Given the fact there are a limited number of TBTF banks, it’s a myth we give anything ‘voluntarily’. They’ve constructed our financial sector to their own benefit so that, as Nobel Prize winner Joseph Stiglitz pointed out, we’ve privatized reward and socialized risk. The TARP bailout alone falsifies your statement.

        Unions represent working people. Given the elites’ view of working people in America, your view is its own refutation.

        • rheddles

          “Unions represent working people.”

          There’s a knee slapper.

          • bpuharic

            And the 1% are genetically superior, as Mankiw says…

            another howler.

          • rheddles

            And a non-sequitor.

        • bannedforselfcensorship

          Are hedge funds the same as the TBTF banks?

          No, they are not.

          Work on your argument.

          How about just having hedge fund managers pay normal income tax rates?

    • Jim__L

      Stick to “break up the banks” and other concrete policy arguments, bp. “1%er” rhetoric won’t get you anywhere here.

      • bpuharic

        Another example of epistemic closure on the part of the apologist for far right oligarchs.

  • Bryan

    $83,000, even in the Bay Area, is a decent salary for this kind of work. And they were being offered an increase to $90,000 and that doesn’t even count their benefits.

    I’m sorry, but expecting a 23% increase is insane.

    • bpuharic

      Ironic in that, if our income profile was the same 1975-2005 as it was 1950-1975, median household income today would not be $50,000, but $92,000

      http://readersupportednews.org/opinion2/300-196/18211-the-republicans-of-the-supreme-court

      and we would not be having this conversation. America has, instead, decide to enrich the already wealthy, while debating how many crumbs the middle class should be allowed to scoop off the floor.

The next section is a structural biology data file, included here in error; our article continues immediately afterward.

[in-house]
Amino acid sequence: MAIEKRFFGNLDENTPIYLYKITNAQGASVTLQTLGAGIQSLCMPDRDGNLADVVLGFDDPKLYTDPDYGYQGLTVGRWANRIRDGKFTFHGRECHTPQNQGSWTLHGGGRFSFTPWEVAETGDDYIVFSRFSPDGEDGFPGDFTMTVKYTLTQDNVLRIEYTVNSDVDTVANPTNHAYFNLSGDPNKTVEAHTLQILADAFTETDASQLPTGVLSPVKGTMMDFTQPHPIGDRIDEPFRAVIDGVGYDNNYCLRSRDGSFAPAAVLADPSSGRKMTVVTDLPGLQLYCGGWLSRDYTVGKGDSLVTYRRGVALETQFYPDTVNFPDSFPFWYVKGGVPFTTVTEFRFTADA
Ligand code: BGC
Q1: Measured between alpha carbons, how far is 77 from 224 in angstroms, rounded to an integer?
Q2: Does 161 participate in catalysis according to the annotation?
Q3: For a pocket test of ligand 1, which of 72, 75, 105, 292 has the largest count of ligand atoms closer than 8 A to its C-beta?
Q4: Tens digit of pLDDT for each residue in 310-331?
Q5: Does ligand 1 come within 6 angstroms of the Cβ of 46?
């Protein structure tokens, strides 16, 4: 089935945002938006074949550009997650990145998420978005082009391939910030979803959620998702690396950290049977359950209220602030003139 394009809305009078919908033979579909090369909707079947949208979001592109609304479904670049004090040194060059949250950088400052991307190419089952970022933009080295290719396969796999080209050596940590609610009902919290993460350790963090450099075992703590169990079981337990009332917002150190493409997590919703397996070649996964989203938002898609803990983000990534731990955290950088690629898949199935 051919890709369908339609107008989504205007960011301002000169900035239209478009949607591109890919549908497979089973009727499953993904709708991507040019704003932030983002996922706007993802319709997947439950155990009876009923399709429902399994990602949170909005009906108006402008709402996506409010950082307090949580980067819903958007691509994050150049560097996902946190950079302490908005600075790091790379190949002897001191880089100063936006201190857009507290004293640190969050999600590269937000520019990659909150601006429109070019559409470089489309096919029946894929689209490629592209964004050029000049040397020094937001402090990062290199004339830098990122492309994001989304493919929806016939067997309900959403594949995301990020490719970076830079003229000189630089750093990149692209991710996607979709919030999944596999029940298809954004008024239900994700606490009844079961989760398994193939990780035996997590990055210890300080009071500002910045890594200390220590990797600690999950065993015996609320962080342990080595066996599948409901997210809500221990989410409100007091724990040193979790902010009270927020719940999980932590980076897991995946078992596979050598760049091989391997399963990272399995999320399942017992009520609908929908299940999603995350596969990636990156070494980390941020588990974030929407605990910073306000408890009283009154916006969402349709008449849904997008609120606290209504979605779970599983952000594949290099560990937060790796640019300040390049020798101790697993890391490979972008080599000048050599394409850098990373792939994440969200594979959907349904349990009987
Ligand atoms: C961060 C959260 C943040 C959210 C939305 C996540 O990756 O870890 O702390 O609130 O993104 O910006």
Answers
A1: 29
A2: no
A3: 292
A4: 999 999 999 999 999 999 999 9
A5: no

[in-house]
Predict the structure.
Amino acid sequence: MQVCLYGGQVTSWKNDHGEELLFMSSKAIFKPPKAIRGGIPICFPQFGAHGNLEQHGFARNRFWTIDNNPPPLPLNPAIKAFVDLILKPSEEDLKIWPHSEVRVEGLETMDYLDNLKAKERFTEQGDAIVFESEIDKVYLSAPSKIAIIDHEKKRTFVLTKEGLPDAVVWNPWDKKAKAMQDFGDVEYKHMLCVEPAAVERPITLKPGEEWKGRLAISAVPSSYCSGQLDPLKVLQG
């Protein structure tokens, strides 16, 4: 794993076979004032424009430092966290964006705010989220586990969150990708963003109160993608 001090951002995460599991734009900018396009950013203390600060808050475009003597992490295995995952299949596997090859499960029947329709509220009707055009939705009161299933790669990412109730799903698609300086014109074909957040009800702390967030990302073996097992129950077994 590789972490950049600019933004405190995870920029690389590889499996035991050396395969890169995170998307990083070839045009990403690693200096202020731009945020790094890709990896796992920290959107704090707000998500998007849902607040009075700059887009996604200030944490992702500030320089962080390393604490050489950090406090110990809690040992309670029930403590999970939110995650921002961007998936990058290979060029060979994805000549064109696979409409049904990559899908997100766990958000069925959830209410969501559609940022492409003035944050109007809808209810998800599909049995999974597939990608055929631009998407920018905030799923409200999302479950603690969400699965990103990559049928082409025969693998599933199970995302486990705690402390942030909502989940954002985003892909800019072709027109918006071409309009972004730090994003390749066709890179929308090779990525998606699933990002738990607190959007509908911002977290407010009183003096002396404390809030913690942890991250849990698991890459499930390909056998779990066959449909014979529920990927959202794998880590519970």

• Bryan

        That sort of rate increase isn’t sustainable. And if that happened across the board, prices of goods and services, housing and so on would have increased along with it, making such gains not nearly as impactful as you might think.

        But the point is, $90,000, even in the Bay Area, is not “crumbs” by any stretch of the imagination. Especially when you consider the very generous benefits package that comes with it. All for a job that requires little in the way of unique, hard to find skill sets.

        • bpuharic

          Well it IS sustainable. Over the course of 30 years, the 1% have tripled their income. So that level of income growth IS sustainable for SOME of the population…just not the middle class.

          • Bryan

            And even if your point is conceded, it does nothing to rebut that $90k for this job is plenty reasonable, especially when you add in the benefits package they get.

    • Jim__L

      $83k is a fantastic salary for that kind of work. $90k+ is the kind of salary you make in engineering, when your contribution to humanity’s overall well-being is quite a bit greater…. and your hours are likely significantly longer.

      Yeah, I don’t think BART workers are going to get much sympathy, even if their rents are outrageous. At a certain point the solution is to move out of SF and leave the price-gouging landlords to go bankrupt.

  • dawadu

    Question– which side the majority of San Francisco citizens will chose to support?
    Answer–The Democrat side

  • http://www.federaleagent86.blogspot.com/ Federale

    BART is not legally connected to any city government. It has its own independent board and bureaucracy.